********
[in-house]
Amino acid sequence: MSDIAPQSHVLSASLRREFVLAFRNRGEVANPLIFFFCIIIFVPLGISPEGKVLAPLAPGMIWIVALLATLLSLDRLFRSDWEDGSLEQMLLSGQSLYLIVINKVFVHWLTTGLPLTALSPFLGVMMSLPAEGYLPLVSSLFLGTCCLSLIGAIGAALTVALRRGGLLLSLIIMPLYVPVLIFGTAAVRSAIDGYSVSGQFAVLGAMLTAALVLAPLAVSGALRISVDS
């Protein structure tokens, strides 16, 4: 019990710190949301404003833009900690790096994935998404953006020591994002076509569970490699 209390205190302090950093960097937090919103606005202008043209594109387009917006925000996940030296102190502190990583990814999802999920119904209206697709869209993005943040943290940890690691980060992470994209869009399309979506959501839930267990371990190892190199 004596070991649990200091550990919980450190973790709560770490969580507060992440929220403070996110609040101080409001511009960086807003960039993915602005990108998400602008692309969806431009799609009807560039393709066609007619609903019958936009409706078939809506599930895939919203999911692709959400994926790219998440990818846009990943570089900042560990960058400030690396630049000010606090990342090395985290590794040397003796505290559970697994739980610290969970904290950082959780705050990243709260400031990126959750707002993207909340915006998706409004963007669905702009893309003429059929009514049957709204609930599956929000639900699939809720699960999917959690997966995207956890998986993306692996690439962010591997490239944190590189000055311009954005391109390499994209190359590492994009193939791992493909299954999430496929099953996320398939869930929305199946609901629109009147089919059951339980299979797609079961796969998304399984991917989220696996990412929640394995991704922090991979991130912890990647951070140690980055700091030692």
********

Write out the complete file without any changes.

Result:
[in-house]
Amino acid sequence: MSDIAPQSHVLSASLRREFVLAFRNRGEVANPLIFFFCIIIFVPLGISPEGKVLAPLAPGMIWIVALLATLLSLDRLFRSDWEDGSLEQMLLSGQSLYLIVINKVFVHWLTTGLPLTALSPFLGVMMSLPAEGYLPLVSSLFLGTCCLSLIGAIGAALTVALRRGGLLLSLIIMPLYVPVLIFGTAAVRSAIDGYSVSGQFAVLGAMLTAALVLAPLAVSGALRISVDS
């Protein structure tokens, strides 16, 4: 019990710190949301404003833009900690790096994935998404953006020591994002076509569970490699 209390205190302090950093960097937090919103606005202008043209594109387009917006925000996940030296102190502190990583990814999802999920119904209206697709869209993005943040943290940890690691980060992470994209869009399309979506959501839930267990371990190892190199 004596070991649990200091550990919980450190973790709560770490969580507060992440929220403070996110609040101080409001511009960086807003960039993915602005990108998400602008692309969806431009799609009807560039393709066609007619609903019958936009409706078939809506599930895939919203999911692709959400994926790219998440990818846009990943570089900042560990960058400030690396630049000010606090990342090395985290590794040397003796505290559970697994739980610290969970904290950082959780705050990243709260400031990126959750707002993207909340915006998706409004963007669905702009893309003429059929009514049957709204609930599956929000639900699939809720699960999917959690997966995207956890998986993306692996690439962010591997490239944190590189000055311009954005391109390499994209190359590492994009193939791992493909299954999430496929099953996320398939869930929305199946609901629109009147089919059951339980299979797609079961796969998304399984991917989220696996990412929640394995991704922090991979991130912890990647951070140690980055700091030692």